Monday, November 14th, 2016
While we may not think of life and work this way, we ’re improvising all the time.
The scenes we perform in (arriving at work, running a staff meeting, having dinner with the in-laws) don’t have scripts. But we can and do become “scripted” in how we perform them. From little things like the route we take to work, to pretty important issues like our style of leadership, it’s as if these performances—which at one time were actually new and fresh (you improvised them at first)— were always there and now they define who we really are.
But if you keep improvising—walk or talk in a new way, ask a question when you would normally say nothing or argue, use different body language, etc.—you can continue to invent who you are, what you do, how you do it, and how you feel, see, and think. You’re engaged in growing and learning and doing things before you know how.
That’s why your ability to improvise is so important. Not just when you’re forced to by circumstances beyond your control (although that’s a really good time for it); and not just when you need to come up with some new ideas, but all the time.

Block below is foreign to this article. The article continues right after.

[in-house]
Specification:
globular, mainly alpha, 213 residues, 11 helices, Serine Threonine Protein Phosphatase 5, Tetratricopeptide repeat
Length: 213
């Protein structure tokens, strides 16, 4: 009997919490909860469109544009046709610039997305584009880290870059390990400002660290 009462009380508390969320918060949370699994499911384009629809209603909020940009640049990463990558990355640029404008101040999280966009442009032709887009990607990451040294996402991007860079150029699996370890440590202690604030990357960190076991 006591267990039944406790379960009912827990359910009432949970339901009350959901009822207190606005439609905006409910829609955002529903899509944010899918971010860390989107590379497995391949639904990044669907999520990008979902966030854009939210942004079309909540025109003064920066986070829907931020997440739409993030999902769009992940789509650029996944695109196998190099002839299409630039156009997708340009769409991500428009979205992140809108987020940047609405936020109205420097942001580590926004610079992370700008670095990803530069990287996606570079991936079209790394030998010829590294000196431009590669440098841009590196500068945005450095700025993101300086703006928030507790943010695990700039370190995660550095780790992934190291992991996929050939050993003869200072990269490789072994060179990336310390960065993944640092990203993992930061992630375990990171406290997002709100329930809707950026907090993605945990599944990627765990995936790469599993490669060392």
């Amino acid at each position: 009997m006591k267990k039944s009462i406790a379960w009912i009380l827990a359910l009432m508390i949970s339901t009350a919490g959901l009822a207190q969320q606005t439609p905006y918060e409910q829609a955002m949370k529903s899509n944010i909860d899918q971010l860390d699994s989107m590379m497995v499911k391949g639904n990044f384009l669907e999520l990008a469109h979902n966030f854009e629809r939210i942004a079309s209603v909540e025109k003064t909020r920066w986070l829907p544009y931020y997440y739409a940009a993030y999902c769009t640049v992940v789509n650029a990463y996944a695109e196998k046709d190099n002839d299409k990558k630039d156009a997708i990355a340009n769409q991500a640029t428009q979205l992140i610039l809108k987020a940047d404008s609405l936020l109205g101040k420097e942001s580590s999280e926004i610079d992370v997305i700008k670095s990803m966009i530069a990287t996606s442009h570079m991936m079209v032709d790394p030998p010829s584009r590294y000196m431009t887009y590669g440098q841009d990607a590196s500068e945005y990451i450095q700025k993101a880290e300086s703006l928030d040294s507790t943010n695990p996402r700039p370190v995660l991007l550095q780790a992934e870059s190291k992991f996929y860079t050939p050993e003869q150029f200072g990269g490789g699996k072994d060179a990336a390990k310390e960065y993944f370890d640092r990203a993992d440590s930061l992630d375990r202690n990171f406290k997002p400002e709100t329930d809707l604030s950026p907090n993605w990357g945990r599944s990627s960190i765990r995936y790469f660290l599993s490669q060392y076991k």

So we can perform every conversation, every interaction as an improvisational scene, in which you are both a performer and a director. When you do that, you get to take advantage of the remarkable benefits that improvisation can have on your relationships, communication, teamwork and more. It’s a very different way to be in the world and in your life.
Human beings were born to improvise. We evolved to navigate an ever-changing, dynamic, unpredictable environment. Without improvising, human beings wouldn’t have been able to use stone tools or track prey. And the most developed human improvisational skill is conversation. Notice the social conversations you have; they are all created on the spot, in the moment, based on what happens in that particular interaction.
Summing-up: Improvisers love the unexpected, the unusual, the “weird.” It s parks creativity onstage, and can do the same at work.